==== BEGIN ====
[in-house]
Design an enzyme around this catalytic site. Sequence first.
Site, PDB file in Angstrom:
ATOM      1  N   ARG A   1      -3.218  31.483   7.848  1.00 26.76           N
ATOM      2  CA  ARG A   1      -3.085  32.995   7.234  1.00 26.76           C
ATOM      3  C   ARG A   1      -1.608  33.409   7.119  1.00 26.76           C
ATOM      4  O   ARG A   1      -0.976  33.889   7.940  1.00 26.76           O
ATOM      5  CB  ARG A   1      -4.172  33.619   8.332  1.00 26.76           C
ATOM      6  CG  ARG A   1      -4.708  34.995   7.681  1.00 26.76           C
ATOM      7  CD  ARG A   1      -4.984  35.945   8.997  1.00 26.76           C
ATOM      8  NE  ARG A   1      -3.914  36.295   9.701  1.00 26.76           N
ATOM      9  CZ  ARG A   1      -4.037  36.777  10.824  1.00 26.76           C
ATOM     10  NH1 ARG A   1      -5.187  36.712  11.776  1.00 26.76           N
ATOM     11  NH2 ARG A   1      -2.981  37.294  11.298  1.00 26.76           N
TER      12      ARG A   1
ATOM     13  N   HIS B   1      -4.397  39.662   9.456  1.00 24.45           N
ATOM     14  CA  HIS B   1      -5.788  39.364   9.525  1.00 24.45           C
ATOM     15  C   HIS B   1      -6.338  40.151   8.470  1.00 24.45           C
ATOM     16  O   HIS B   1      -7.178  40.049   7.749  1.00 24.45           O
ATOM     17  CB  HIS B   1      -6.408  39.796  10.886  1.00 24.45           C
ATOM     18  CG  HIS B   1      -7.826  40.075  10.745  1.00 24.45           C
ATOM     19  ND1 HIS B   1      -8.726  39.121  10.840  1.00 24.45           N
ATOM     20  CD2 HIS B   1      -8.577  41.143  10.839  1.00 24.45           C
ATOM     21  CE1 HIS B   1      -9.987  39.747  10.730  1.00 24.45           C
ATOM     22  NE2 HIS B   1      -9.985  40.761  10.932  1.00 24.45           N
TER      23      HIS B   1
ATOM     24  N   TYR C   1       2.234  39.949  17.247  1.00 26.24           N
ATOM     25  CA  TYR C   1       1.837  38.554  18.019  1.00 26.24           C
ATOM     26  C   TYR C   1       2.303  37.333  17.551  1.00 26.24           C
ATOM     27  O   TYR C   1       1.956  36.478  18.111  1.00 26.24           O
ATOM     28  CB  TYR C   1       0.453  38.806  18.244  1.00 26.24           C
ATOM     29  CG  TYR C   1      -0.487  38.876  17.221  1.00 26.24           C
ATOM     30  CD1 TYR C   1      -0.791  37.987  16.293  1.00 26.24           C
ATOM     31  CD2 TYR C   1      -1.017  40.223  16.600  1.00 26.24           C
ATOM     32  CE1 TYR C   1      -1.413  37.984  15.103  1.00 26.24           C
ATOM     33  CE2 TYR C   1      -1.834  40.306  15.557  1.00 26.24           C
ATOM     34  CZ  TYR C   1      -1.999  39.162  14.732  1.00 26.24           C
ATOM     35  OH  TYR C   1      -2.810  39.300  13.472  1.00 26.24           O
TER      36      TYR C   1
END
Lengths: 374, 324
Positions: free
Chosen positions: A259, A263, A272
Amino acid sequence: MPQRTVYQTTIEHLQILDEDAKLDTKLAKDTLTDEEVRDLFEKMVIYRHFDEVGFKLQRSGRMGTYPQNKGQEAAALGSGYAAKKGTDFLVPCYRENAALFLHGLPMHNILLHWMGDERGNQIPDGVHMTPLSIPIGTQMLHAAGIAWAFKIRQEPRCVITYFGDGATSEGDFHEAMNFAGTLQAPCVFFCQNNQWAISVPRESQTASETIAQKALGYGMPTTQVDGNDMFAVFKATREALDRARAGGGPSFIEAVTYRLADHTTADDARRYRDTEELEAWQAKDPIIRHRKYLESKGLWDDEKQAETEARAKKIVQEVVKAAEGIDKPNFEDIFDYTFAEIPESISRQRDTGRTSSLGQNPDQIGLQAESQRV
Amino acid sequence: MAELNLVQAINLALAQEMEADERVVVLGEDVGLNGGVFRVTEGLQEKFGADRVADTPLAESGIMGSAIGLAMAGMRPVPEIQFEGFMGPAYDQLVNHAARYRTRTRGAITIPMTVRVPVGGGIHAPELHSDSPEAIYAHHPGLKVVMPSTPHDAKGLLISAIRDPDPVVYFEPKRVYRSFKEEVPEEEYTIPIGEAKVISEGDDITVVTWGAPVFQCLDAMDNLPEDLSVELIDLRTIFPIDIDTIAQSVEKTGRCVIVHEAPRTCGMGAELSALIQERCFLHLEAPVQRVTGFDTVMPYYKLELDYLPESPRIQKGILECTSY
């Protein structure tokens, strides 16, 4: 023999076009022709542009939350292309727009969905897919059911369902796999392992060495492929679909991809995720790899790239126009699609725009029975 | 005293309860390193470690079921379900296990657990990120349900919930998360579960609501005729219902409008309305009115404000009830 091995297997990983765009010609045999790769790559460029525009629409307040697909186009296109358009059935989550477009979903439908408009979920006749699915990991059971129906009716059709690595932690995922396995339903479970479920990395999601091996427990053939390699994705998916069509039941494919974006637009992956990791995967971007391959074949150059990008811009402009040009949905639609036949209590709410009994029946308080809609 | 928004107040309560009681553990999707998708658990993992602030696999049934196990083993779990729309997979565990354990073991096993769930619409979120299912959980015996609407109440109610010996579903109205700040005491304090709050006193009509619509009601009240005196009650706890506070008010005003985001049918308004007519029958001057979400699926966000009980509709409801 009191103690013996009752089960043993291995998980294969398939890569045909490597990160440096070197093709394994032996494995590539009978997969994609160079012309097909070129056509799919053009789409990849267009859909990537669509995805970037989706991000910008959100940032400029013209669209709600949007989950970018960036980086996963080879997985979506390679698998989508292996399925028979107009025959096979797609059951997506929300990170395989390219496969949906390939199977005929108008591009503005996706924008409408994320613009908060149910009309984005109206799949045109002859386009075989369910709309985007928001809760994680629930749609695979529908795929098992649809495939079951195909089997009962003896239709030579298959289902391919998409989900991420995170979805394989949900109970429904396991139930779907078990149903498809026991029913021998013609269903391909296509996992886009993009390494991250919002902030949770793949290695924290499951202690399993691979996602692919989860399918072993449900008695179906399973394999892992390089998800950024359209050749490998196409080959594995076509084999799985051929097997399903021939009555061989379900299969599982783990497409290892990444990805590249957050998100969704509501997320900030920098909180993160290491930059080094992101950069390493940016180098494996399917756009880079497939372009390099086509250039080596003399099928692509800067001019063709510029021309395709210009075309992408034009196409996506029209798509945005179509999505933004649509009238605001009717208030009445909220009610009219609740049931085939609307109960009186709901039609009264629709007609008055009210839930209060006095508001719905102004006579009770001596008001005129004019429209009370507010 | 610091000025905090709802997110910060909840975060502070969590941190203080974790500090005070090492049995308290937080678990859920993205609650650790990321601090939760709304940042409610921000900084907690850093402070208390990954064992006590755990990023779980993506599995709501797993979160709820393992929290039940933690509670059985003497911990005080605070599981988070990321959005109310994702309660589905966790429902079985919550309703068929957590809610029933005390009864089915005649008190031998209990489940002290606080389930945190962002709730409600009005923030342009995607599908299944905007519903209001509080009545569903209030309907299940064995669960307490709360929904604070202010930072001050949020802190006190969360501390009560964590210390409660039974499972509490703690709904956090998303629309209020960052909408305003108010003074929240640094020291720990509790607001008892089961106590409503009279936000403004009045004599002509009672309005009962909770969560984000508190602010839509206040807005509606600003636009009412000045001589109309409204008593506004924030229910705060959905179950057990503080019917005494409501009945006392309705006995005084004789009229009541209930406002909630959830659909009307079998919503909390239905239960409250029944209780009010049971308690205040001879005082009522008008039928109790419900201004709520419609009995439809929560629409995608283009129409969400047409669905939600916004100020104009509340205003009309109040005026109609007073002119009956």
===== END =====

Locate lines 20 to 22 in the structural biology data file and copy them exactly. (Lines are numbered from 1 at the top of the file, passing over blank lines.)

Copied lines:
ATOM     17  CB  HIS B   1      -6.408  39.796  10.886  1.00 24.45           C
ATOM     18  CG  HIS B   1      -7.826  40.075  10.745  1.00 24.45           C
ATOM     19  ND1 HIS B   1      -8.726  39.121  10.840  1.00 24.45           N